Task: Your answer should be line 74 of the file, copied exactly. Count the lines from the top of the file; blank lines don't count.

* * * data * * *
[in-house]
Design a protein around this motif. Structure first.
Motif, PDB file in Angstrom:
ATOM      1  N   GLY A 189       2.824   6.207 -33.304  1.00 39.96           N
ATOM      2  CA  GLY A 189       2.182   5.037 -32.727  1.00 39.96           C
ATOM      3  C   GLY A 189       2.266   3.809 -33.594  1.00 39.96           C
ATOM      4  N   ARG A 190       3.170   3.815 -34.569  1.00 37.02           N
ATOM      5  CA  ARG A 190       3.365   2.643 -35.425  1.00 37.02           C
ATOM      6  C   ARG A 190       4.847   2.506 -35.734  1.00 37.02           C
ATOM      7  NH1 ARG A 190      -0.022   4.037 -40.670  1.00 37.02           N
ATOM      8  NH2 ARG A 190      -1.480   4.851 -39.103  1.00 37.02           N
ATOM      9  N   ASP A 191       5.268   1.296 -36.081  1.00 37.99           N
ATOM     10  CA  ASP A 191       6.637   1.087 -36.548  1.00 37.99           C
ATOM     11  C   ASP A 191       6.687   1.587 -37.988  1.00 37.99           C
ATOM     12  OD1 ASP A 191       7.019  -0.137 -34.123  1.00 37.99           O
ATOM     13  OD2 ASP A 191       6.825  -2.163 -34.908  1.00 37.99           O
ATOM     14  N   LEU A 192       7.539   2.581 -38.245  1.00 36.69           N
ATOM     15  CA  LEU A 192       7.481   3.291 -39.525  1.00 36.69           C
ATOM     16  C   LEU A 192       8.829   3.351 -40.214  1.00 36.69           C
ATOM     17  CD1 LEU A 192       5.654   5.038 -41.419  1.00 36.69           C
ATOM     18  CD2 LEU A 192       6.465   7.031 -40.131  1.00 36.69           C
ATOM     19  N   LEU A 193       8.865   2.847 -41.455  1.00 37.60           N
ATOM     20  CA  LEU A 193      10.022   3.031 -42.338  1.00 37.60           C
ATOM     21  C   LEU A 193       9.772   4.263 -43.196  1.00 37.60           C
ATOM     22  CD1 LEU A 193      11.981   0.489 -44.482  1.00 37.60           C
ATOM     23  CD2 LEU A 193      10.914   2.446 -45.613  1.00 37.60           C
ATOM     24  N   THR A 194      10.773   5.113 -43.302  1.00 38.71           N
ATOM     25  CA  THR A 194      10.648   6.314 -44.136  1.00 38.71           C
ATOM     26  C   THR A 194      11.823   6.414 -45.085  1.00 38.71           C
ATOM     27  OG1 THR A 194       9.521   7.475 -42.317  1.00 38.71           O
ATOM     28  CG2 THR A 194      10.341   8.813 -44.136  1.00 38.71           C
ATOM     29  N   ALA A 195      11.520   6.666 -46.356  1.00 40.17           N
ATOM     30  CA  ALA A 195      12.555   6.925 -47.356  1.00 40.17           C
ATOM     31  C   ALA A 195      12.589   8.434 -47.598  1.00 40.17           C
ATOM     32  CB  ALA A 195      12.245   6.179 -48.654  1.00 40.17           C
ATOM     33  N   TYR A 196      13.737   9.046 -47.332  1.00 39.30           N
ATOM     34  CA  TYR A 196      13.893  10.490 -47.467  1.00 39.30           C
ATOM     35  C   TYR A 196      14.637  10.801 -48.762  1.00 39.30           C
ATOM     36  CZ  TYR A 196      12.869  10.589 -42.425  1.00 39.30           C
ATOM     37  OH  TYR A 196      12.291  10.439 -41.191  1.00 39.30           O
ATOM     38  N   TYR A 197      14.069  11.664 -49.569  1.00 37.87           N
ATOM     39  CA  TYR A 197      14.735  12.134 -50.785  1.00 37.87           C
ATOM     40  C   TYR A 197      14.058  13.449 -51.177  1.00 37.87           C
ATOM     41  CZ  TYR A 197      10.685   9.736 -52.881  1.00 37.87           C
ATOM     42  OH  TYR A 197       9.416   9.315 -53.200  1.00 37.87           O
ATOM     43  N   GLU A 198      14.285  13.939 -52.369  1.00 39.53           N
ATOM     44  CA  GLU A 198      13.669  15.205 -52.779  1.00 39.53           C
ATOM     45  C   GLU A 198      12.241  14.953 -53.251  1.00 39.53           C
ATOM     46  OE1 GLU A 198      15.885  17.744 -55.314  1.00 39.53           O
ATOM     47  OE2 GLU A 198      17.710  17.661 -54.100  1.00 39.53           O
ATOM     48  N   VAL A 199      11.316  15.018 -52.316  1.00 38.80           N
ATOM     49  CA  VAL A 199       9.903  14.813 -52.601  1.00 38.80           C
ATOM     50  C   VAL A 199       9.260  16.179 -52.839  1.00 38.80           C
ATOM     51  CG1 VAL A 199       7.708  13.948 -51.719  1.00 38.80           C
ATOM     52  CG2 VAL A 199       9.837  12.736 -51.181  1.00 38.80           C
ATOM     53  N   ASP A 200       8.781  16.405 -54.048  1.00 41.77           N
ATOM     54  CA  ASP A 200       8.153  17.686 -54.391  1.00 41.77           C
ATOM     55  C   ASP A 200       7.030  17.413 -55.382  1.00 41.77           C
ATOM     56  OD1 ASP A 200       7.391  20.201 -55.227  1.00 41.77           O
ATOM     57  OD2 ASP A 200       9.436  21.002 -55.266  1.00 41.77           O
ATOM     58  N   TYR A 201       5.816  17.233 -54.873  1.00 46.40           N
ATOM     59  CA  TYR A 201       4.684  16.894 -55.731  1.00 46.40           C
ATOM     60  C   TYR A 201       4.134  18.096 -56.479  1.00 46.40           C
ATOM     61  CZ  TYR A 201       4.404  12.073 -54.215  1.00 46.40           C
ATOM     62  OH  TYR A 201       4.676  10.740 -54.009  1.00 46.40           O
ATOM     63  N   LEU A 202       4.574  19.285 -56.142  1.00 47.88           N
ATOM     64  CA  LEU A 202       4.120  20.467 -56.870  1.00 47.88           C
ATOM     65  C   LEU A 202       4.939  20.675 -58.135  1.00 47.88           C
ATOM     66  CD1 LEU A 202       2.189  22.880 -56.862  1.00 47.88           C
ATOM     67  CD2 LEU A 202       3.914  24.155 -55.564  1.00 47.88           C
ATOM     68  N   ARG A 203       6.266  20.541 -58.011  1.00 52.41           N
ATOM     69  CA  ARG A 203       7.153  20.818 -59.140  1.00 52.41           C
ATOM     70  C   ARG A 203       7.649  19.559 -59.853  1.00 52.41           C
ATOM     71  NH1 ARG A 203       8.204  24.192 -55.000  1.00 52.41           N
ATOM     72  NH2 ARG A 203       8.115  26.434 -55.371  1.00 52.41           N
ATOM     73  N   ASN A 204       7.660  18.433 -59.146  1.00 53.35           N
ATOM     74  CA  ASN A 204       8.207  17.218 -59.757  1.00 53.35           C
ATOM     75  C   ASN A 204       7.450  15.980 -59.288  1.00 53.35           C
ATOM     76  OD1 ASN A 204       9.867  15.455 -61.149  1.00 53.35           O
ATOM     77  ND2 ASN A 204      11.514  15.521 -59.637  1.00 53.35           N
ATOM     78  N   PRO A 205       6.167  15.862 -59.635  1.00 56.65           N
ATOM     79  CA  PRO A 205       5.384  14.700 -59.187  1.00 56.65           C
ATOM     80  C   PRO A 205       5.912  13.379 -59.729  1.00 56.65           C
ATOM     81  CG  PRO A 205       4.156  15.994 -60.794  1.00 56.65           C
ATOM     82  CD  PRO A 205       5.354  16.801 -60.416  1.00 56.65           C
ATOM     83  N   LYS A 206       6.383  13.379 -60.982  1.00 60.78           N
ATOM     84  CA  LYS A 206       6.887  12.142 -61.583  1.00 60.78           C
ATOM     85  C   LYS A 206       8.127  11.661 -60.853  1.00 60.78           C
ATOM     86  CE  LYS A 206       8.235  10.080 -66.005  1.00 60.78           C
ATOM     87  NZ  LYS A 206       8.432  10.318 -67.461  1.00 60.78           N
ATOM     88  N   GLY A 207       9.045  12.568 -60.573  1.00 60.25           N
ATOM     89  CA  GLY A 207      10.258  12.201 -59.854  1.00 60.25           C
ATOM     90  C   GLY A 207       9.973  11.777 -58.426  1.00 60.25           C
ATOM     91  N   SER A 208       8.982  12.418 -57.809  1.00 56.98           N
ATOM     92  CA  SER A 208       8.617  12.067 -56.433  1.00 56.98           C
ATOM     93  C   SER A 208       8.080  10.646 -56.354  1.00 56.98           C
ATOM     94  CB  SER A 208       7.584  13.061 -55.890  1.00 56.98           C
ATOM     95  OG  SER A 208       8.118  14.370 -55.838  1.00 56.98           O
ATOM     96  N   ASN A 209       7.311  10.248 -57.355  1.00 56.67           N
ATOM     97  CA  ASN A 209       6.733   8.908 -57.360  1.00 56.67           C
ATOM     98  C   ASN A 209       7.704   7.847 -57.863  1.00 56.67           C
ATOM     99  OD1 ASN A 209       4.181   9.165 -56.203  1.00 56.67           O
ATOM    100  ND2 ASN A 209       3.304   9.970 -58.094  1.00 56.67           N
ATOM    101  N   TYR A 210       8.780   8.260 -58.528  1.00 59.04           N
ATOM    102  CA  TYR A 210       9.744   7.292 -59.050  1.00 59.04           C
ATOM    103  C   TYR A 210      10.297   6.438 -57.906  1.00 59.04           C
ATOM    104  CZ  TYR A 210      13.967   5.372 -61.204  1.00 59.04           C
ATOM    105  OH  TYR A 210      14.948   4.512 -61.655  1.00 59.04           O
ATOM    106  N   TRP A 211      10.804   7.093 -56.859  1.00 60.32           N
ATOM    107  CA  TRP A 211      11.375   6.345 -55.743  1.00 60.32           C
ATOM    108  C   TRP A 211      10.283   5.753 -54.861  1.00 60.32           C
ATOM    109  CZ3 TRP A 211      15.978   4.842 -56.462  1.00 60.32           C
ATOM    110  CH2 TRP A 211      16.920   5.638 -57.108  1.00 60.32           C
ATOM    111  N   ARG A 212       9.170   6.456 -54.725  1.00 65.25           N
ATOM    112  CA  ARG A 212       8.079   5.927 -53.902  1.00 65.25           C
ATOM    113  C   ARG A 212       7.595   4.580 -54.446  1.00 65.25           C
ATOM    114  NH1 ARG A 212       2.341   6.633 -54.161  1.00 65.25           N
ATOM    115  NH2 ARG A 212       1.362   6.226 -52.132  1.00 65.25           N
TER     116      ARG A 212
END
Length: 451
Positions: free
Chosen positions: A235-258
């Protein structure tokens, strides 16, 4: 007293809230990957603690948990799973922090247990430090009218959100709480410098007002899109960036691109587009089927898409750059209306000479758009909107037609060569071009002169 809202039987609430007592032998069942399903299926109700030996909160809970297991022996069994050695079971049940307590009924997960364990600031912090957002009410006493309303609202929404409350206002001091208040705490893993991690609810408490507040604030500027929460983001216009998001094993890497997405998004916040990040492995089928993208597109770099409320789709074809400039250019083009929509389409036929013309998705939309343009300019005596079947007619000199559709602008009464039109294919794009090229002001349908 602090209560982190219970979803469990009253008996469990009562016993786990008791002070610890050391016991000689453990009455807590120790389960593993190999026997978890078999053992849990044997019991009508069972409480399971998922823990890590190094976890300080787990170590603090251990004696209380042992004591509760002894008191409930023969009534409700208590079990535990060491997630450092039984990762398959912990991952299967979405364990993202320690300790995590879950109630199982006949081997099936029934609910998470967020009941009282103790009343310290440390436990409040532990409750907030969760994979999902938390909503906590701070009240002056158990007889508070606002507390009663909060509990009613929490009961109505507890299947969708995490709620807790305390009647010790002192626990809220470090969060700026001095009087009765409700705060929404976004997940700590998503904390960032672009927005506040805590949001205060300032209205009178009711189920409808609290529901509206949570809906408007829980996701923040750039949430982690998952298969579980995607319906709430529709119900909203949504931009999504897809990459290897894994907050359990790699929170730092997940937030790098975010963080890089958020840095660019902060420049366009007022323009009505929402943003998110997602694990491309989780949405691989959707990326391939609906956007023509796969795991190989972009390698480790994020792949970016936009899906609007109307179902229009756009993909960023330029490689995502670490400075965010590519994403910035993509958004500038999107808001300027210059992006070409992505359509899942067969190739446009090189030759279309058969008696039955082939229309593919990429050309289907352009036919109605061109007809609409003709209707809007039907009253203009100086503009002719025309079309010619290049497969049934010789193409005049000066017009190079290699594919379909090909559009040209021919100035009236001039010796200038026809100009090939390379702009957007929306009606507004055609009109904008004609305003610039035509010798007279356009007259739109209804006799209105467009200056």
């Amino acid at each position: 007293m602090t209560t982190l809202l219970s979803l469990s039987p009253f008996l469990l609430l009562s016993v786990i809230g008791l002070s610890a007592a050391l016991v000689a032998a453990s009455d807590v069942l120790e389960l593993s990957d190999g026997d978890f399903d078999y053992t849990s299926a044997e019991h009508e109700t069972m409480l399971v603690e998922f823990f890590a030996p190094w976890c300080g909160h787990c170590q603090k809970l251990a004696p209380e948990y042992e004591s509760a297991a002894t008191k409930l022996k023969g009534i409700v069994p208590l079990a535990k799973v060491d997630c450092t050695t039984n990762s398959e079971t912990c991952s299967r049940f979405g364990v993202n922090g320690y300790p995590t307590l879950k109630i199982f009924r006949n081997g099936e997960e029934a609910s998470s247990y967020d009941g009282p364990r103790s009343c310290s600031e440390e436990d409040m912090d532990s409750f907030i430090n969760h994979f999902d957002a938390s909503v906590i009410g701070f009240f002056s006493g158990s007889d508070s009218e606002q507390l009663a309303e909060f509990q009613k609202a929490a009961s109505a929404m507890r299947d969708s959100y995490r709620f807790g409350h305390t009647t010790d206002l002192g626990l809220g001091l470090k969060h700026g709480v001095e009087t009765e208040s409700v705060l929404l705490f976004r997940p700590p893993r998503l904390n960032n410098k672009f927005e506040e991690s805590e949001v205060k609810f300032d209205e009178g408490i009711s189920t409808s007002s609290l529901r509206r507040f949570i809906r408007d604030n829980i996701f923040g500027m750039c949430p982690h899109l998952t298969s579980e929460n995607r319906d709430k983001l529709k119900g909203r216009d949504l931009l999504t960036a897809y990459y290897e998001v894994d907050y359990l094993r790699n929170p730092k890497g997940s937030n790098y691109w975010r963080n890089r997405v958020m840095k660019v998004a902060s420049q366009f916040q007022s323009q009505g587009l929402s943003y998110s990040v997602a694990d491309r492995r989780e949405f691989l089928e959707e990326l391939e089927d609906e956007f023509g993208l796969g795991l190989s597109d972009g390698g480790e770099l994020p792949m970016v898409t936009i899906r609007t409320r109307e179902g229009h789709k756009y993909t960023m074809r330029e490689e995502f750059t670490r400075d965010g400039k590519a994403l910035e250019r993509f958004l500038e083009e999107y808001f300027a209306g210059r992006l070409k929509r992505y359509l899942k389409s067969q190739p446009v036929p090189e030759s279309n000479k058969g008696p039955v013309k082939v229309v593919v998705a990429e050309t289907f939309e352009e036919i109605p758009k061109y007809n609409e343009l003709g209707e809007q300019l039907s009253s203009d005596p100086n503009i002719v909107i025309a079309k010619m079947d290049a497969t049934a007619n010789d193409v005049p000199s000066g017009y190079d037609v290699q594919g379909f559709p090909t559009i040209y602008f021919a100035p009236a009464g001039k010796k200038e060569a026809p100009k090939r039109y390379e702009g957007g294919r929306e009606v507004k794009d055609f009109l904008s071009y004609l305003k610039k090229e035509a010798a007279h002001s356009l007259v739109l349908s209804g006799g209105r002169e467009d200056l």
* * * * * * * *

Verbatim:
ATOM     71  NH1 ARG A 203       8.204  24.192 -55.000  1.00 52.41           N